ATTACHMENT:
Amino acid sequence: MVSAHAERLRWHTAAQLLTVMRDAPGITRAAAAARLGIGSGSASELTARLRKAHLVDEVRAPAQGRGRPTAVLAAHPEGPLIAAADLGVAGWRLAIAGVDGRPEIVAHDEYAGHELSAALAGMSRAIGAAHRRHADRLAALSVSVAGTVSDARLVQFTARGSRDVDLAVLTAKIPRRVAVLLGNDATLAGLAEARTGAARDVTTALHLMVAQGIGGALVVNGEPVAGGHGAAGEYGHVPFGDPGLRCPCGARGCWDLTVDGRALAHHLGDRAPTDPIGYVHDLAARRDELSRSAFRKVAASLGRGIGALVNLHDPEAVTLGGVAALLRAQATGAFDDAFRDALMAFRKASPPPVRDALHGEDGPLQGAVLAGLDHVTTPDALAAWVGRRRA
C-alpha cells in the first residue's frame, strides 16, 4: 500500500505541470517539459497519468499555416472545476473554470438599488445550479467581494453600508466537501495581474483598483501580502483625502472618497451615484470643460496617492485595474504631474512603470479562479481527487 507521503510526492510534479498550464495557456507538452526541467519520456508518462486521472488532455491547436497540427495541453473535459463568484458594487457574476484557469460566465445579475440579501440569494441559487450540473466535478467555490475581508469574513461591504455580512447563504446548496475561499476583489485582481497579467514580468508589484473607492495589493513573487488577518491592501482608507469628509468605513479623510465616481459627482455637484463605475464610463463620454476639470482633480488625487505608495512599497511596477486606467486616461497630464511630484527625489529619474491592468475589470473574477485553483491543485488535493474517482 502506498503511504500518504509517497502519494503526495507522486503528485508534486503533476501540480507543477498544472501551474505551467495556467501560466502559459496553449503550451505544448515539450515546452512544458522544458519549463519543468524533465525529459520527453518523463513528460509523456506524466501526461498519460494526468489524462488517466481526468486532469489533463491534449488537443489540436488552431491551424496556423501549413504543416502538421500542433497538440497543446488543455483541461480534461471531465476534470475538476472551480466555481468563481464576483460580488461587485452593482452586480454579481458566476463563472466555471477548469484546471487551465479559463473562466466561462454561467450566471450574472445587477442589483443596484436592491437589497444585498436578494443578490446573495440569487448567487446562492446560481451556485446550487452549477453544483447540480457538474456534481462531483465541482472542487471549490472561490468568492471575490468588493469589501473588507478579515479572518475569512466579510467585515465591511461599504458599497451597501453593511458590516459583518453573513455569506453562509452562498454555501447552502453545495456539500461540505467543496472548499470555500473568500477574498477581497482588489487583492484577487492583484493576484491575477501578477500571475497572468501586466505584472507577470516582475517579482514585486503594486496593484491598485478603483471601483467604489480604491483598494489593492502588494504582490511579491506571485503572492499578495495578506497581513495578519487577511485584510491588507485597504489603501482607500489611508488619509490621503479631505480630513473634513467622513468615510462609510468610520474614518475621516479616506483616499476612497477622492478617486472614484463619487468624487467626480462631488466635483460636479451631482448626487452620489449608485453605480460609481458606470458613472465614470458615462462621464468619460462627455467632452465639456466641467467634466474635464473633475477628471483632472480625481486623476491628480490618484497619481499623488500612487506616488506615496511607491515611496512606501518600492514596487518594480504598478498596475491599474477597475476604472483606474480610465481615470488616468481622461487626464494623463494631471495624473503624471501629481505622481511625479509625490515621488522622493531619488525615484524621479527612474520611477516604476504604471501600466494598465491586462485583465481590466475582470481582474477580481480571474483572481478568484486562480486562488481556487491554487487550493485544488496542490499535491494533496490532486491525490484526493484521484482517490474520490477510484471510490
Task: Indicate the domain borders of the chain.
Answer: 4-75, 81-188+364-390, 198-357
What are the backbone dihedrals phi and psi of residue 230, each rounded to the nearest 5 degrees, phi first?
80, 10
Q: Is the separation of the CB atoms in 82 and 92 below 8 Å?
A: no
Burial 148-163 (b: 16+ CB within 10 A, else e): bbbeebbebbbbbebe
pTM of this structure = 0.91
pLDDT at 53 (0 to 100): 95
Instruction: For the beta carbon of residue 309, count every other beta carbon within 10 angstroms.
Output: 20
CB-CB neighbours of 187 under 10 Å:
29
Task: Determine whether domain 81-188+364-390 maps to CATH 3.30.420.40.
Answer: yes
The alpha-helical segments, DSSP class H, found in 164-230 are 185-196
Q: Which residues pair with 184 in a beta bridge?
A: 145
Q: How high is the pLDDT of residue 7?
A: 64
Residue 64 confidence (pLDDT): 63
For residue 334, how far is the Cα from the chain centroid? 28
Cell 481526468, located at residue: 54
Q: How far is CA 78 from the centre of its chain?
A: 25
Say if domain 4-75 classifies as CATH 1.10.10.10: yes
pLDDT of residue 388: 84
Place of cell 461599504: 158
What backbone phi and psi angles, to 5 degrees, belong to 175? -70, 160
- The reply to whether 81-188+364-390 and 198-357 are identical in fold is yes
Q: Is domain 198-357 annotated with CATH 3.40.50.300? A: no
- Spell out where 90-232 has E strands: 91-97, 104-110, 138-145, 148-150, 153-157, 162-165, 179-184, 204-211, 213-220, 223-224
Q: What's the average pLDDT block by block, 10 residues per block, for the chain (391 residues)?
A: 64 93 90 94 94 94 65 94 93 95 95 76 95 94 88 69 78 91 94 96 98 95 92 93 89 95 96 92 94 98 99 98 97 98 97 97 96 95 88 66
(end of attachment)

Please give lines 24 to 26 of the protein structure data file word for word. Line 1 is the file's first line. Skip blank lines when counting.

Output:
For residue 334, how far is the Cα from the chain centroid? 28
Cell 481526468, located at residue: 54
Q: How far is CA 78 from the centre of its chain?